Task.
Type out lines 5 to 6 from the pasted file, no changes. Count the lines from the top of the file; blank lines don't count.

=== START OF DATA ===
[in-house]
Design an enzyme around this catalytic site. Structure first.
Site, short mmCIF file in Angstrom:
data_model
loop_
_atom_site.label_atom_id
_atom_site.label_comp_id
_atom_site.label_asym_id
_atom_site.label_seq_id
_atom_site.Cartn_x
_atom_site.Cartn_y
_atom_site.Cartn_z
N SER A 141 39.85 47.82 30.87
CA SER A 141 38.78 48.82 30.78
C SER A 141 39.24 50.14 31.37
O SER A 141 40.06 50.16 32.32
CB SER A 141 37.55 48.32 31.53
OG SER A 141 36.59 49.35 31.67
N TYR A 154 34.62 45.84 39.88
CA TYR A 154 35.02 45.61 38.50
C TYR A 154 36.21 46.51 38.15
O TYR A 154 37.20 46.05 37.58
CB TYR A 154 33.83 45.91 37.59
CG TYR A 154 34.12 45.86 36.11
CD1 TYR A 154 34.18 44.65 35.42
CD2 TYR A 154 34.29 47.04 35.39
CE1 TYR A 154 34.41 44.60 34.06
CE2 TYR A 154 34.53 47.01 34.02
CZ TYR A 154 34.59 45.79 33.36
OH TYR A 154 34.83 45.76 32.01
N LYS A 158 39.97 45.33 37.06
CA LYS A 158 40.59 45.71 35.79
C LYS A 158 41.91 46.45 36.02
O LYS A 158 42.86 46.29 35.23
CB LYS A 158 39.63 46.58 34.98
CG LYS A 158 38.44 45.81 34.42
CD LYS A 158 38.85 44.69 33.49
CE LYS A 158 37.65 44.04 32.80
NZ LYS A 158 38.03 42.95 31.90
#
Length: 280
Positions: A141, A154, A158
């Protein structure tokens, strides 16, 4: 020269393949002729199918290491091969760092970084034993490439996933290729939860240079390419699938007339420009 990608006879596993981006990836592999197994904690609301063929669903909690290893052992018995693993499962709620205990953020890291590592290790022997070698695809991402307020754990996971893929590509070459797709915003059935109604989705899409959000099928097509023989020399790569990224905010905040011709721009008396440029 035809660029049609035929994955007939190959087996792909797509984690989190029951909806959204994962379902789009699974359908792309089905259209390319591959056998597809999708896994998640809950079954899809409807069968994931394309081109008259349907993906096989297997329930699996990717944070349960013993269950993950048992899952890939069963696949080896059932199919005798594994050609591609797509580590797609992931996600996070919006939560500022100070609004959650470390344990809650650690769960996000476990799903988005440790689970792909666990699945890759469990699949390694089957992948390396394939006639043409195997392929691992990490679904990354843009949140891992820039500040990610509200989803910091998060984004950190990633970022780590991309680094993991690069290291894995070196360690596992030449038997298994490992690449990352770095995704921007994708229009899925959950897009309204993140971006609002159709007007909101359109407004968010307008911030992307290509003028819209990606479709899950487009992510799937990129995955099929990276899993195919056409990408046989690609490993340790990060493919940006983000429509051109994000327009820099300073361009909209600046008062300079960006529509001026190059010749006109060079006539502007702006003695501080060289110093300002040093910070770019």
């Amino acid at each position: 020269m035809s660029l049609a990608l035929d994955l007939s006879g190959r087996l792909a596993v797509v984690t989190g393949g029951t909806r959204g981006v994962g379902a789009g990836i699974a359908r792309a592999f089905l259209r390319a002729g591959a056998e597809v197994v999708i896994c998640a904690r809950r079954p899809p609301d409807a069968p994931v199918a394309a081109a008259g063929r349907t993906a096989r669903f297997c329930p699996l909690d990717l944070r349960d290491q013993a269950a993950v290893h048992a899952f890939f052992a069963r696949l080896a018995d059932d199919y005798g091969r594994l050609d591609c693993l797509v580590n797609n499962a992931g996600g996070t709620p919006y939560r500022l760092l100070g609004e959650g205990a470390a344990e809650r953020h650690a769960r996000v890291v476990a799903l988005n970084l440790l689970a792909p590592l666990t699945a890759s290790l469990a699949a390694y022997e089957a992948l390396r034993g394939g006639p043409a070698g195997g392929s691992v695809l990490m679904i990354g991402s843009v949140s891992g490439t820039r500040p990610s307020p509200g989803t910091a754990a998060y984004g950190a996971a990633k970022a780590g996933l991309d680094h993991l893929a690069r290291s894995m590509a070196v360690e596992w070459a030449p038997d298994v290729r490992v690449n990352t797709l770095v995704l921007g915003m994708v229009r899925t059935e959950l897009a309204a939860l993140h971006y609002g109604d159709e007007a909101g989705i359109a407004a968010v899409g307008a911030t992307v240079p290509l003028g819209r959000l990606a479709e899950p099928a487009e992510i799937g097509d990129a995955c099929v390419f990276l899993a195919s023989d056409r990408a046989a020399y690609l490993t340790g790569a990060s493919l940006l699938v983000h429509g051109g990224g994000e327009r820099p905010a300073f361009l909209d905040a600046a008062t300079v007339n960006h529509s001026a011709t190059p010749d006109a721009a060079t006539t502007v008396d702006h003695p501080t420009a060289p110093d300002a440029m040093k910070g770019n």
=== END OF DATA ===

loop_
_atom_site.label_atom_id